In 1940 William Dalke and his family completed a new movie theatre on this site in Woodstock. At the time it was one of two theatres operated by the Dalkes in Woodstock and one of several in their chain of movie houses in Shenandoah County.
When it was built this structure was one of the newest and most modern theatres in the area. The building was constructed in the popular Art Deco Style and housed two businesses on the first floor along with the theatre. It could accommodate 350 persons in the main theatre and 150 more in its balcony. Movies were held regularly every night, several times on Saturday, and at a Sunday matinee. Travelling troops and community organizations also regularly conducted performances on the theatre’s stage, including westerns complete with horses. In an era before television and computers, it was one of the community’s most popular entertainment venues.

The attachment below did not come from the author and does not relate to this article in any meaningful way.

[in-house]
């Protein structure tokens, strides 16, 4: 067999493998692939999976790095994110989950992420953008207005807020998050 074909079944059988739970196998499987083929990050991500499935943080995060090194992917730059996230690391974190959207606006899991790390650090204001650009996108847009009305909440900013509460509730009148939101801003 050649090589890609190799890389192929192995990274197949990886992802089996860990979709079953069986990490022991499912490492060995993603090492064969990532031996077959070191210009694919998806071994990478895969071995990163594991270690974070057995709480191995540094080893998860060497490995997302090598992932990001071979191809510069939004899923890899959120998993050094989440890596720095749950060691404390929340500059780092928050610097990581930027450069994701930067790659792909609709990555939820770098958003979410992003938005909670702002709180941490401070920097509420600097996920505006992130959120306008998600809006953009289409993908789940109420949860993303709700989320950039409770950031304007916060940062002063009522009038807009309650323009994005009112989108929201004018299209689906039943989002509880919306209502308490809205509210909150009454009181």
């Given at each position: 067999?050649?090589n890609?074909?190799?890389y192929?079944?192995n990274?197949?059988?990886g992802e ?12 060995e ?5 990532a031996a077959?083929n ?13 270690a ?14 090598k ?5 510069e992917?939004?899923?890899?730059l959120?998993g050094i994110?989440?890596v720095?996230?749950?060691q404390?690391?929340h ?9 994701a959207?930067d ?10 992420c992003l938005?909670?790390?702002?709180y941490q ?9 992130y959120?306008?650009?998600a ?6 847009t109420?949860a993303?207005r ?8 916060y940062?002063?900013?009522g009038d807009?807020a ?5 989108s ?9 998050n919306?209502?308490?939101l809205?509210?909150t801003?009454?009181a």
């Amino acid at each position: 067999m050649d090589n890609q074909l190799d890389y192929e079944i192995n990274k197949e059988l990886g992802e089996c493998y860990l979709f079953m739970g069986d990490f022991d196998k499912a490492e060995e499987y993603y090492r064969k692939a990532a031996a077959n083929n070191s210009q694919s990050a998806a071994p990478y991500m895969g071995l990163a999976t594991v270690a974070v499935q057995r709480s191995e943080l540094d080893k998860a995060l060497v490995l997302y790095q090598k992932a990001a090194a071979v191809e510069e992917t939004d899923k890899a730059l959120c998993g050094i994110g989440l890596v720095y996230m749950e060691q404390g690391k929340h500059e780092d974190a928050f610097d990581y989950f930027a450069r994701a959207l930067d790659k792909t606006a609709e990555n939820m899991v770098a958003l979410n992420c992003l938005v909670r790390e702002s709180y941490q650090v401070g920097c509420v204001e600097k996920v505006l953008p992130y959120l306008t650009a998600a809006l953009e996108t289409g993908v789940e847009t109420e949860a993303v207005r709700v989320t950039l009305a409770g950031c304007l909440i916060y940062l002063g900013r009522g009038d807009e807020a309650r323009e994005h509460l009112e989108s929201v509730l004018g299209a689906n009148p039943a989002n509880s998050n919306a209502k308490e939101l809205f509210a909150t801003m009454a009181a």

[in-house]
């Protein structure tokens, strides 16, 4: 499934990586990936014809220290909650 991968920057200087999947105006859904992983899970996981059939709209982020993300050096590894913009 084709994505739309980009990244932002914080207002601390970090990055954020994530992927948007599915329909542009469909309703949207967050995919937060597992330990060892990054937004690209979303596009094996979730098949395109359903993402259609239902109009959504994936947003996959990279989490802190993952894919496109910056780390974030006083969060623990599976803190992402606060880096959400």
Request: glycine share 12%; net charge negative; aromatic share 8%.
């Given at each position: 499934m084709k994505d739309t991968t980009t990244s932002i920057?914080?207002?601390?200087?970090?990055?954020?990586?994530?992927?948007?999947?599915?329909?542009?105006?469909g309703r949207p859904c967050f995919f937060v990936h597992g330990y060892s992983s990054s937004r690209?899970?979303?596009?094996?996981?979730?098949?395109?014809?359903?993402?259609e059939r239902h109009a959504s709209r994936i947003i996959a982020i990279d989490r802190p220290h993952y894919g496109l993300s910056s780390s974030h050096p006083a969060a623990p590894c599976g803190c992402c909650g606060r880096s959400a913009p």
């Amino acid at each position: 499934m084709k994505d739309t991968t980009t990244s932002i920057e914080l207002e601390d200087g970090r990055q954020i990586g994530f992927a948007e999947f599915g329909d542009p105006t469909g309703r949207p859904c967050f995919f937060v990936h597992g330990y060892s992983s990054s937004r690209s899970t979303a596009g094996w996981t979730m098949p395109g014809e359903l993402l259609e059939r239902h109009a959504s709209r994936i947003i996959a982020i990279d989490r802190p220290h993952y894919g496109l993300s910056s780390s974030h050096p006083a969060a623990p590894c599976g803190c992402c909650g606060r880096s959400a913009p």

During the Second World War the Community Theatre became an important part of the local war effort. Its primary function was to provide information to the community. Newsreels that provided updates on the war and the Homefront were shown regularly before movies and at special showings.
In addition to providing news service, the Dalke family also turned the theatre into collection centers. Locals were invited to bring scrap items, fats, clothes, books, or other items in place or regular admission on special days. Informational films that promoted increased agricultural yields, war spirit, and bon sales were also shown.
After the war the Dalke’s continued to operate, and expand this theatre and their chain. Two additional screens were added to the Community Theatre in the 1970s and 1980s. However, competition from television and larger theaters in other communities led to the closure of many of the Dalke’s movie houses. However, Community remained opened and was sold in 2008 to the Garman family who continue to operate the theatre.